Khaled Farah
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πŸ”“ Locking down your S3 buckets, for real

πŸ”“ Locking down your S3 buckets, for real

A practical guide πŸš€.

Khaled Farah's photo
Khaled Farah
Β·Feb 13, 2022Β·

3 min read

Table of contents

  • πŸ’‘ Introduction

πŸ’‘ Introduction

One of the foundational security elements of S3 is to ensure S3 buckets are not publicly accessible. It's such an established best practice that AWS makes it pretty difficult for S3 buckets and their objects to become public.

❓But I want to host my angular app in a bucket

There are some legit use cases where data in a bucket needs to be public. But still, making a bucket public is not a safe option. There are more secure alternatives that I will talk about in another post.

Why do I need policies to enforce this❓

Keeping tabs on the S3 permissions in a single account is manageable, but for large-scale organizations, it becomes impossible. Hence, having some cloud governance around the S3 buckets becomes a necessity.

Luckily, AWS provides the necessary tools to achieve this task. Combining these tools can prevent new public bucket access or even override the existing public buckets. The latter option can cause some issues with the live applications, so you need to be careful here.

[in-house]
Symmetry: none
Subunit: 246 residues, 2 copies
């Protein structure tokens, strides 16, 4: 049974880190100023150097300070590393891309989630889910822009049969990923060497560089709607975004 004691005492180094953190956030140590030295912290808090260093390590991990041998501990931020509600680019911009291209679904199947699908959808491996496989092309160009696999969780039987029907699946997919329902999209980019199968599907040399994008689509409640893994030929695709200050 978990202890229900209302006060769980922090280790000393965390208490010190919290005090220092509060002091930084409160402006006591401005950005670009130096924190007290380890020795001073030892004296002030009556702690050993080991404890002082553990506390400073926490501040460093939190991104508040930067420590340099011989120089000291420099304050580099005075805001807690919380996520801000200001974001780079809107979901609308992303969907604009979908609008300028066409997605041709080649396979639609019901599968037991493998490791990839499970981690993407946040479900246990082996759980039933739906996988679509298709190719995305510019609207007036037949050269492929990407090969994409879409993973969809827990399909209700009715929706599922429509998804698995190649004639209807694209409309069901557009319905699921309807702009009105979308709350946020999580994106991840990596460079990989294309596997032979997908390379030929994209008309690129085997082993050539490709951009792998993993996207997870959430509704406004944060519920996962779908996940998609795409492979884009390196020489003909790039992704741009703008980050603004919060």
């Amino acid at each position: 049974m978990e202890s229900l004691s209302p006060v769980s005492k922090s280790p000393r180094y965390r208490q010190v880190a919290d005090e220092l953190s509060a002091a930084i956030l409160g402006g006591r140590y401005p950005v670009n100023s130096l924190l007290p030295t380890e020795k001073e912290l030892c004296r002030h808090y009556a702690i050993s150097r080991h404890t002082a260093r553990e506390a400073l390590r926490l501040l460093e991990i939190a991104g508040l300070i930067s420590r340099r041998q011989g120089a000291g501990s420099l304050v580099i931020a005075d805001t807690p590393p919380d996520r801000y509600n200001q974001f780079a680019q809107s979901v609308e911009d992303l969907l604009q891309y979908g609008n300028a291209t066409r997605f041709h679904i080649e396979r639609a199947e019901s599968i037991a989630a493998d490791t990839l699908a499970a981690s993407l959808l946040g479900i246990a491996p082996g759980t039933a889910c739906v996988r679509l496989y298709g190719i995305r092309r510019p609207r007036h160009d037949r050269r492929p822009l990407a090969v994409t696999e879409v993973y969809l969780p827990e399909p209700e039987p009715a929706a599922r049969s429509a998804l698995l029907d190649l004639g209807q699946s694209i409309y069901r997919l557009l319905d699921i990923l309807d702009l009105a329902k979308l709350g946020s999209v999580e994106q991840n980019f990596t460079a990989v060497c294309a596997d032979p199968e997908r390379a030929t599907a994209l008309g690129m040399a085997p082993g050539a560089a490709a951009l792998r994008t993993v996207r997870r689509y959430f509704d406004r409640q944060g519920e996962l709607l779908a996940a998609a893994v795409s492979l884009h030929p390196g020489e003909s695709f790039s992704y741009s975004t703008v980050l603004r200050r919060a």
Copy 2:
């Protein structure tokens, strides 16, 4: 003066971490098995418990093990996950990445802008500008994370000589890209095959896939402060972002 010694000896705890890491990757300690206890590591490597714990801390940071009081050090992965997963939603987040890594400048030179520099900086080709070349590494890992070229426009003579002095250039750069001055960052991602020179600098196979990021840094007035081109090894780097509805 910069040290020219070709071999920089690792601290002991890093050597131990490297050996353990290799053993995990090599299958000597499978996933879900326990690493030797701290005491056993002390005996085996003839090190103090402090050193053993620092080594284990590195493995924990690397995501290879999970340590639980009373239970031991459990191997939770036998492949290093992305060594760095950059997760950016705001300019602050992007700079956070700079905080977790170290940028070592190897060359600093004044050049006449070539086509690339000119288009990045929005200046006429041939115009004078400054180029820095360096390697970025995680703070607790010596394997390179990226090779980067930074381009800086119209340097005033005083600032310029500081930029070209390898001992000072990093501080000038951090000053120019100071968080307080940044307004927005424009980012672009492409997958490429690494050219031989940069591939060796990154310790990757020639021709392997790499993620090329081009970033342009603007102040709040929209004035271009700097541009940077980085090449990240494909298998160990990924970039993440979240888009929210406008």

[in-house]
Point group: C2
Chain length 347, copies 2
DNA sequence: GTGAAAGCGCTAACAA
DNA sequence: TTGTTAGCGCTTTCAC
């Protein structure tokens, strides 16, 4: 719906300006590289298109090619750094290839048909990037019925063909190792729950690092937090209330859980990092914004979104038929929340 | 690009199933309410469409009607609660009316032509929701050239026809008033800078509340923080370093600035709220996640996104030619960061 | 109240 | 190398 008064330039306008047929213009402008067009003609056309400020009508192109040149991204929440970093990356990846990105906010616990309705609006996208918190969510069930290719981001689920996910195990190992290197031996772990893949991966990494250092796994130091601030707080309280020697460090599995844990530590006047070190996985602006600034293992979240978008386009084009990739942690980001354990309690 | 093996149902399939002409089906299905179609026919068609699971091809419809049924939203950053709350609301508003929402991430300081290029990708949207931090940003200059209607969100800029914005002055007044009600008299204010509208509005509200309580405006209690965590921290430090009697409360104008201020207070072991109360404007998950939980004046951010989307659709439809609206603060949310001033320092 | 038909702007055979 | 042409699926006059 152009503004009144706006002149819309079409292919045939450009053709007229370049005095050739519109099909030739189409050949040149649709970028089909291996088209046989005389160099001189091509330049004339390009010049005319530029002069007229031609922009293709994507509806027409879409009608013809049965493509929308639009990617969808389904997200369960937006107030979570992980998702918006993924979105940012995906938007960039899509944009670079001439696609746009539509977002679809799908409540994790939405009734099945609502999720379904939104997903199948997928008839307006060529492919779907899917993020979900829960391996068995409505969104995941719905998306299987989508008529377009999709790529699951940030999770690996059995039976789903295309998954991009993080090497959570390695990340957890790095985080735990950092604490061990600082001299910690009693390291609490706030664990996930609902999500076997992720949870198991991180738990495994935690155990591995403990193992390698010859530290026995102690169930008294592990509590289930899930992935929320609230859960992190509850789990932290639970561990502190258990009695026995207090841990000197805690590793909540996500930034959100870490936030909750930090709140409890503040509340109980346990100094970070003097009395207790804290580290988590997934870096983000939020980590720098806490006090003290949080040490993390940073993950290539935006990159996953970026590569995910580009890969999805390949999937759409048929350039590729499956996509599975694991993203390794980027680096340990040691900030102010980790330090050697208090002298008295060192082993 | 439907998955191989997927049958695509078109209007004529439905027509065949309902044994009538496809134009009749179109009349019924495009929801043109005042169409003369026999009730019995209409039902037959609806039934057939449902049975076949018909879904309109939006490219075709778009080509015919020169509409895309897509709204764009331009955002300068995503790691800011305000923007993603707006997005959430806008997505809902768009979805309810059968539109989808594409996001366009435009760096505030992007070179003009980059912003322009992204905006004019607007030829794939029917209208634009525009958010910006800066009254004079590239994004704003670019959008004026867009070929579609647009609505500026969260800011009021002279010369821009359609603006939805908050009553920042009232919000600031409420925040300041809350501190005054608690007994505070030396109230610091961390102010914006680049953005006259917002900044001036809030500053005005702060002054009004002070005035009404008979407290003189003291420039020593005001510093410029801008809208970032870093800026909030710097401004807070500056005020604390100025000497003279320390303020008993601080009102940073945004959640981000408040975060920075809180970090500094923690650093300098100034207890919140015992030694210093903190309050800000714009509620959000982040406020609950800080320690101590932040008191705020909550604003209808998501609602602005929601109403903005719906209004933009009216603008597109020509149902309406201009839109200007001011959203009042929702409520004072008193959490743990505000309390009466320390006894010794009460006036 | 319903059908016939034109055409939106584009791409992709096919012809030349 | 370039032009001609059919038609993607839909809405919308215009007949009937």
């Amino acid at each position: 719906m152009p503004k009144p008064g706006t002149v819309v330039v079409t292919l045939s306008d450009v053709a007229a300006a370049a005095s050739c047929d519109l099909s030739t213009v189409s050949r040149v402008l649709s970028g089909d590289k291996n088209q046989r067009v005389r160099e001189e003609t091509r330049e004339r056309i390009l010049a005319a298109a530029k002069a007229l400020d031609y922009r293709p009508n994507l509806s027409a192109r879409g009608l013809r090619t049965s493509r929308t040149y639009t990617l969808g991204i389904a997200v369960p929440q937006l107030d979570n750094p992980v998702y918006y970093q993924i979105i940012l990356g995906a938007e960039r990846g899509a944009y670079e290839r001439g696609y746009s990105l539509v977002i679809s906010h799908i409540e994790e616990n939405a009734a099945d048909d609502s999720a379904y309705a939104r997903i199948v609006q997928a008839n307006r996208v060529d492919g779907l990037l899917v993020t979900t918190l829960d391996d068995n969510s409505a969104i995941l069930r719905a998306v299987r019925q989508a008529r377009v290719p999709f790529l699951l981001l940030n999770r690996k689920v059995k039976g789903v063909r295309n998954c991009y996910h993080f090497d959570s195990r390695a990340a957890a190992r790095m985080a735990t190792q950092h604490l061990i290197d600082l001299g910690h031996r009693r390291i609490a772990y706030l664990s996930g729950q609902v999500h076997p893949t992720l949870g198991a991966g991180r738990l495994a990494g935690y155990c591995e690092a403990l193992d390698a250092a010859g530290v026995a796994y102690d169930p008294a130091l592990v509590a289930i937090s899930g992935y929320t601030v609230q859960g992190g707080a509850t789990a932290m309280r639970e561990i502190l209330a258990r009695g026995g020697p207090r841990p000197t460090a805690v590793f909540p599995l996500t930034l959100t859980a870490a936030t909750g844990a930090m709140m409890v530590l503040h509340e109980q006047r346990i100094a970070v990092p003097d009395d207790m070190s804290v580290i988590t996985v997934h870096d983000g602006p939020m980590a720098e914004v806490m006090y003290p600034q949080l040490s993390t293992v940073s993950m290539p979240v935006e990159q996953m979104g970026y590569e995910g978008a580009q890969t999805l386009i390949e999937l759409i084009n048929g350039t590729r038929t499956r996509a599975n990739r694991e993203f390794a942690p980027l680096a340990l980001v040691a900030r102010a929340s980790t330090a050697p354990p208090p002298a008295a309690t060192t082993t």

Ok, enough with the intros, let's get technical.

πŸ“˜ TLDR

To lock your S3 buckets across multiple accounts, make sure to define the Account block public access setting, then enforce its immutability by defining an SCP to deny any changes on it.

πŸ“˜ Assumptions

While writing this post, I've made the following assumptions around your AWS setup:

  • All of your accounts are grouped under an organization account
  • You currently have some S3 buckets that are serving public traffic that you don't want to disrupt

πŸš€ Steps

To prevent public bucket access, you need to do the following:

  1. First, you need to define the policy that governs public access on the account level ( Across all S3 buckets ). You can do this via the AWS console: Screen Shot 2022-02-13 at 1.18.50 PM.png

    • You will need to apply this step across all your AWS accounts. Luckily there is a Terraform IaC that you can use; it should look like the following:
      resource "aws_s3_account_public_access_block" "this" {
        block_public_acls          = true
        block_public_policy       = true
        ignore_public_acls         = false 
        restrict_public_buckets = false 
      }
      
    • Note: applying this policy will only impact the newly created buckets; It will not impact all previously exposed buckets.
  2. Now that you've applied the policy across all accounts, you need to make sure that no one can change this setting. Since your accounts are part of an organization's account, you can enforce this by applying an SCP that denies access to the s3:PutAccountPublicAccessBlock and s3:PutBucketPublicAccessBlock S3 actions. Your SCP should look like this:

{
    "Version": "2012-10-17",
    "Statement": [
        {
            "Action": [
                "s3:PutAccountPublicAccessBlock",
                "s3:PutBucketPublicAccessBlock"
            ],
            "Resource": "*",
            "Effect": "Deny"
        }
    ]
}
  • That's it πŸ˜„. Easy right?
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